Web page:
• This quantum company claims it has the most advanced computer yet…
  • European carmakers know their backs are against the wall…
  • These crypto exchange execs are on the run from the law…

Dear Reader,

It was bound to happen.

The Nobel Prize in Chemistry was just awarded to two scientists for research on CRISPR genetic editing technology.

As a reminder, CRISPR is a method of using a guide RNA and a specific enzyme to “edit” a genome. The guide RNA can target precise locations in our DNA and then edit them with the help of an enzyme.

It can be used to cut out, insert, or replace sections of DNA to correct mutations that cause disease. And it is one of the most revolutionary technologies the world has ever seen… one whose remarkable capabilities we are only just beginning to harness.

Emmanuelle Charpentier of the Max Planck Unit for the Science of Pathogens and Jennifer Doudna of the University of California Berkeley were named for their work with CRISPR as applied to prokaryotes (bacteria and archaea).

Yet there were two surprises with the announcement.

The first was the timing of the award. The initial paper that Charpentier and Doudna wrote on CRISPR with respect to bacteria was only published in 2012. And there has yet to be a single, Food and Drug Administration (FDA)-approved therapy using CRISPR technology. The most advanced clinical trials are still in Phase 1.

And while I am extremely bullish on the therapeutic developments in this space, it would have been logical to wait on the Nobel Prize until the technology was at least proven in clinical trials. In this way, the award seems very premature.

But the other oddity regarding the announcement is that Feng Zhang was not also named for the Nobel Prize. Many in the scientific community were expecting that to be the case.

While Charpentier and Doudna were focused on CRISPR as applied to bacteria, Zhang’s research was focused on using CRISPR as applied to eukaryotes – plants, animals, and humans.

In fact, Zhang’s research while at the Broad Institute of MIT and Harvard resulted in intellectual property that has been determined to have priority twice in the U.S. and once in Europe for the foundational patents associated with CRISPR technology.  

At a minimum, his work is equally as important as that of the other two scientists.

And ironically, almost all of the research and work in the biotech field on CRISPR is focused on applying the technology to eukaryotes, which is based on Zhang’s work.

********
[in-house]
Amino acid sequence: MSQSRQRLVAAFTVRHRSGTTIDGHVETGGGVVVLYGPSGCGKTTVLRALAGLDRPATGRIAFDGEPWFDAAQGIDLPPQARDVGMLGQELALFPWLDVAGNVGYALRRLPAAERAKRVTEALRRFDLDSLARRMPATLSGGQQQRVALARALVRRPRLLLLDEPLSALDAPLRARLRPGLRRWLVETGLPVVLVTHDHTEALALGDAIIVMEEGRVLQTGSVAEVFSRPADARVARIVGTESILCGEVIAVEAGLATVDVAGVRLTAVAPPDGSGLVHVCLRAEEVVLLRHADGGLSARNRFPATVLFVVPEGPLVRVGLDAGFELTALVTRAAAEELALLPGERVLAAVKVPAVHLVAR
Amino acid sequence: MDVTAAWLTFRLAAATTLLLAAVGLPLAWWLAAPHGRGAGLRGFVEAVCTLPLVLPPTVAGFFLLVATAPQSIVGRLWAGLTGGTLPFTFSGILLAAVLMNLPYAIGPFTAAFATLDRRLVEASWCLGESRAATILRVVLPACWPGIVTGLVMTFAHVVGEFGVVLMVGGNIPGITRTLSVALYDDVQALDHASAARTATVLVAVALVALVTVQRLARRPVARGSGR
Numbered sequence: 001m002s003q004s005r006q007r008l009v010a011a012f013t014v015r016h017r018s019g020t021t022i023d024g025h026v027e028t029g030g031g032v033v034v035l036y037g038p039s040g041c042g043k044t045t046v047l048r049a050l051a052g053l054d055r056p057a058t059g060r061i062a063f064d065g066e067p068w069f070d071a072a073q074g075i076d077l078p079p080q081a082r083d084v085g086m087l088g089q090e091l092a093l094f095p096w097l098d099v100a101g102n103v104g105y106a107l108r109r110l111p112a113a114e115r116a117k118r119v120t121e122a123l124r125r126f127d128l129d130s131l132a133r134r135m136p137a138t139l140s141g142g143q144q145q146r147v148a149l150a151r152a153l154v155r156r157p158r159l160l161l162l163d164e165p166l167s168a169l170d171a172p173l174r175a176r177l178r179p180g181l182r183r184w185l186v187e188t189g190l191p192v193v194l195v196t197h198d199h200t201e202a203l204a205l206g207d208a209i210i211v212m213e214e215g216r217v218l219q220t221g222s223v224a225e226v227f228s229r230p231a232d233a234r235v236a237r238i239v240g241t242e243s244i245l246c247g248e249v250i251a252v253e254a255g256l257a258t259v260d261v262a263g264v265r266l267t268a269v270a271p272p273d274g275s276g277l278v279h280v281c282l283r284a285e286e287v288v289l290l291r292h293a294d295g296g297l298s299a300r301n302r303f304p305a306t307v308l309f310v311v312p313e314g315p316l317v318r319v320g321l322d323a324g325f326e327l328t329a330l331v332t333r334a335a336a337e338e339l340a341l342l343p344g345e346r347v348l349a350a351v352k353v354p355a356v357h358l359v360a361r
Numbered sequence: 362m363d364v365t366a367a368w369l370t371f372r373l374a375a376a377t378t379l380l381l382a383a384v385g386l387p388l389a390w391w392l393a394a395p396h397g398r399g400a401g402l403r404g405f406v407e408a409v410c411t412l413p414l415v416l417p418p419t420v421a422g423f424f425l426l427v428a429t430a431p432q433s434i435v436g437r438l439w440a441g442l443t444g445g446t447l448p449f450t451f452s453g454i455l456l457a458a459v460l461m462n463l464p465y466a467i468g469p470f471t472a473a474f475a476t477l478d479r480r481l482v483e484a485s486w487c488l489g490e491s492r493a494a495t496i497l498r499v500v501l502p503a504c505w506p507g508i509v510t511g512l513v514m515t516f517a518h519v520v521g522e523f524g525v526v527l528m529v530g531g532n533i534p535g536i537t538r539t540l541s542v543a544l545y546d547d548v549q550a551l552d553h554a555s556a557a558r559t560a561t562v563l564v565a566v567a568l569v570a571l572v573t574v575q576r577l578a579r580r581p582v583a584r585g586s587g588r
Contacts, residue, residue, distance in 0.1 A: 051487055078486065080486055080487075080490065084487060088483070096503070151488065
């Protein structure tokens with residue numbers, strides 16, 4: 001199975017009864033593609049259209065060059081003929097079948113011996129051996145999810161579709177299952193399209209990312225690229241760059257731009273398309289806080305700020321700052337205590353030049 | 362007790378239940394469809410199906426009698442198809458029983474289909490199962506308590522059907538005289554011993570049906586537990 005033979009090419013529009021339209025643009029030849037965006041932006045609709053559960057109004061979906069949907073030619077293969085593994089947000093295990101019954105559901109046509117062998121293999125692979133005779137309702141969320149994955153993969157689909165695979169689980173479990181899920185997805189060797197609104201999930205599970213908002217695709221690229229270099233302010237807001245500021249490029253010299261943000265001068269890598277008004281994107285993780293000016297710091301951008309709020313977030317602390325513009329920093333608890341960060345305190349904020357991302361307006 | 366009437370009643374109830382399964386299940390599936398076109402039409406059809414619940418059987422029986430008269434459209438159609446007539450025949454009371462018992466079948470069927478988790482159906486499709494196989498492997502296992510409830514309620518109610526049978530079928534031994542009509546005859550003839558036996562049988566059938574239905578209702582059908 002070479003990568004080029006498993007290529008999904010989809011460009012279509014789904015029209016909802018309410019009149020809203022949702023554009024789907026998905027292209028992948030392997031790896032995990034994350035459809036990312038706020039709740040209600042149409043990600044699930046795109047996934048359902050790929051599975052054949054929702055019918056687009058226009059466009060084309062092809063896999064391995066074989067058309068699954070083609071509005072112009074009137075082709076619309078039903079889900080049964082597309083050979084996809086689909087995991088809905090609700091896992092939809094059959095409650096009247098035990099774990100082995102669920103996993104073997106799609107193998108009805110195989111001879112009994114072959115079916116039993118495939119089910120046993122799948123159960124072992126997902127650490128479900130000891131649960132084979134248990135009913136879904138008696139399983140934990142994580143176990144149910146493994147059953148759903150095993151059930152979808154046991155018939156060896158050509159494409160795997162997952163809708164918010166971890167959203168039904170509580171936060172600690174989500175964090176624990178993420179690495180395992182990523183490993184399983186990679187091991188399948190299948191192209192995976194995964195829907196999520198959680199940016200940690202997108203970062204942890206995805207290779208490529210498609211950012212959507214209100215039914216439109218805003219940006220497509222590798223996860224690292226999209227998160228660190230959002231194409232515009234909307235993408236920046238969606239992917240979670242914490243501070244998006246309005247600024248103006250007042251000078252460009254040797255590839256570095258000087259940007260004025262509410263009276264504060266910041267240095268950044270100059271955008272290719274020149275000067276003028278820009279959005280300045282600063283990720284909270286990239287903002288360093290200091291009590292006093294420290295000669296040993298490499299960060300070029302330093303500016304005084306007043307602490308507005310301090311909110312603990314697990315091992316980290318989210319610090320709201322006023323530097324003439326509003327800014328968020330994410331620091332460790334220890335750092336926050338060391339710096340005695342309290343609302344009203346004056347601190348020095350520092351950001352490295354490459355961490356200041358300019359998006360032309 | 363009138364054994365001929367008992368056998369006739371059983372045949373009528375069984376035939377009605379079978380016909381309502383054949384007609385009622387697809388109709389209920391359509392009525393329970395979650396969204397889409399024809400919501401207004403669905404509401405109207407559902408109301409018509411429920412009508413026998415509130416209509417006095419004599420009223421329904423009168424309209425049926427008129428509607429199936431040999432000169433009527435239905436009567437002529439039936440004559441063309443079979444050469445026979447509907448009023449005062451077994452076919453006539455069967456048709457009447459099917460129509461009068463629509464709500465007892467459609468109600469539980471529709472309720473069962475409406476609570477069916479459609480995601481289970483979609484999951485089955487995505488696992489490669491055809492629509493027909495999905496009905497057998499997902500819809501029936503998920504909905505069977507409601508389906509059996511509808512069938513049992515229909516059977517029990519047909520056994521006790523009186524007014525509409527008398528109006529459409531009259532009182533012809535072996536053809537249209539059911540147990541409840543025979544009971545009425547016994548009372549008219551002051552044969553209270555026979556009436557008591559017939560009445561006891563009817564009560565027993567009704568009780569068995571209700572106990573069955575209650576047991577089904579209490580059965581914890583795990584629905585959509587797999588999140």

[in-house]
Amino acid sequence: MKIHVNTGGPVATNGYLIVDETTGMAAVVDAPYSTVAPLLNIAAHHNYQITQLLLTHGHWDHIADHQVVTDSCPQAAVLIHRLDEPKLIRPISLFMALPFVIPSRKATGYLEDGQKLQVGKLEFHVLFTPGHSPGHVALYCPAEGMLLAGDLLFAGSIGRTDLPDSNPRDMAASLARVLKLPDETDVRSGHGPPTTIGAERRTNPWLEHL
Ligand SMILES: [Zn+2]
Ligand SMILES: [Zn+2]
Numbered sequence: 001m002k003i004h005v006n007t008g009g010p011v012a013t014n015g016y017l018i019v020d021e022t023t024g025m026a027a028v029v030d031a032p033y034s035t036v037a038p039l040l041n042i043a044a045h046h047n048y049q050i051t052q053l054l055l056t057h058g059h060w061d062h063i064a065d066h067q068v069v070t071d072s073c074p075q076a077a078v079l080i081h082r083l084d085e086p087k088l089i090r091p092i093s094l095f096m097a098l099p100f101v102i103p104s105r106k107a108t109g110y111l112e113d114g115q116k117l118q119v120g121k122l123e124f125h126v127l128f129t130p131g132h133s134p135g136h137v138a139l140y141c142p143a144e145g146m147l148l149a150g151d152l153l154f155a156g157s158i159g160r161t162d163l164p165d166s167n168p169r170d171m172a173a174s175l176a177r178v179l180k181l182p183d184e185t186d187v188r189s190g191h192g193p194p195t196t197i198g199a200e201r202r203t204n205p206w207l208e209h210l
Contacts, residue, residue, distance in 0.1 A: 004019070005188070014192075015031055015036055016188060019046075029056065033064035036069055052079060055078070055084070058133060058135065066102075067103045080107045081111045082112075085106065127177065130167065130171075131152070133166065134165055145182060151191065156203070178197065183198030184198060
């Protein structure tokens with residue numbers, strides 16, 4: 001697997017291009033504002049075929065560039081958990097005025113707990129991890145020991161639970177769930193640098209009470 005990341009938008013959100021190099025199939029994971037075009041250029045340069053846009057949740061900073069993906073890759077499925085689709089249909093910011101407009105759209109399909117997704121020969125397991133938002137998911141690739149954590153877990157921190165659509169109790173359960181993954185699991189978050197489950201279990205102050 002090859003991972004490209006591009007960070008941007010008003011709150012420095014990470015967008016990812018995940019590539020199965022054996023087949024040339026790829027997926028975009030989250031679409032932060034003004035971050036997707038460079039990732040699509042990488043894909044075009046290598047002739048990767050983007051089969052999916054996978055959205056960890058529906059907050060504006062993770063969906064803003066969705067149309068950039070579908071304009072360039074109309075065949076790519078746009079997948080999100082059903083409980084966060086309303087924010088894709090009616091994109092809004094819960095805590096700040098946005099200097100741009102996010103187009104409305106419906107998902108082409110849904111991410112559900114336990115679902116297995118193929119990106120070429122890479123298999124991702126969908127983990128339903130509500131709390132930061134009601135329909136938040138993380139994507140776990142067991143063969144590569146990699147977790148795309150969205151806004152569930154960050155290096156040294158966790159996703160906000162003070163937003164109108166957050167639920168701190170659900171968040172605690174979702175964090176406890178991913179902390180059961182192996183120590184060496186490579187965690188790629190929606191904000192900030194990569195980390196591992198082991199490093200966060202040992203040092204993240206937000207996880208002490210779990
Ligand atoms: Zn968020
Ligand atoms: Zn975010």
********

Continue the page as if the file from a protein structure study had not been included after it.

Hopefully, Zhang’s recognition will follow in the future, after the first wave of CRISPR-based therapies cure human diseases that had no previous cure or therapy.

Until then, the world will benefit from the brilliant work of all three scientists in ways that few understand.

These are advances like the end of genetically caused human disease, crops that are naturally pest- and drought-resistant, and the ability to “grow” organs in animals to then transplant to humans… just to name a few.

We have so much to be excited about.

Now let’s turn to today’s insights…

Quantum developments are starting to pick up…

We’ll start with an interesting development in the world of quantum computing today.

An early stage company called IonQ just announced that it has the most advanced quantum computer in the world. This is a company that I have been tracking closely. It was spun out of the University of Maryland and Duke University back in 2015.

IonQ’s quantum computer has “only” 32 qubits. That’s less than Google’s 53-qubit system that demonstrated quantum supremacy last year.

But IonQ isn’t basing its claim on qubits. Instead, it’s going by a metric called quantum volume.

Quantum volume is a metric that IBM came up with. It factors in several aspects of a quantum computer, including the number of qubits, the number of errors in the system, and the amount of “crosstalk” (i.e., how the desired action unintentionally affects other qubits) in the system.

Basically, quantum volume measures both computing power and accuracy.

We talked about this when Honeywell provided details on its quantum computer back in June. Honeywell announced that its computer was twice as powerful as IBM’s with a quantum volume of 64.

Well, IonQ just blew that out of the water. Its quantum volume is over four million. We’ve gone from 64 to over four million in just over three months. That shows us how rapidly quantum computing is progressing.

What’s unique about IonQ’s approach is that it uses a trapped-ion method for its quantum computer.

That is exactly what it sounds like. IonQ traps a series of atoms in the quantum computer and uses them for computations as the atoms change in orientation.

The trapped-ion approach stands in contrast to the superconducting approach used by Google and Rigetti. The primary advantage of using trapped ions is that they have very high fidelity, or very low error rates. That’s the secret to IonQ’s latest quantum computer.

This is incredible technology. The fact that IonQ can isolate individual atoms and trap them for computing purposes is mind-blowing. After all, atoms are the most basic form of matter. They are so small that we can’t even determine where they are at any given time with 100% certainty.

Along with this announcement, IonQ CEO Peter Chapman made some bold predictions.

He thinks that IonQ can double the number of qubits in its quantum computer every eight months for the foreseeable future. And he predicts that IonQ’s quantum computer will be able to outperform classical supercomputers in just two years.

It was just a few years ago that the quantum computing industry was plodding along with very few interesting developments. But since last year, we are now seeing exponential growth in quantum computing technology.

This is a technology that will catch most by surprise. We are going to see some major breakthroughs in this space in 2021.

The race for lithium-ion battery supremacy in Europe…

A massive venture capital (VC) raise in Europe just caught my eye. A company called Northvolt recently raised $600 million in an early stage VC round on September 29.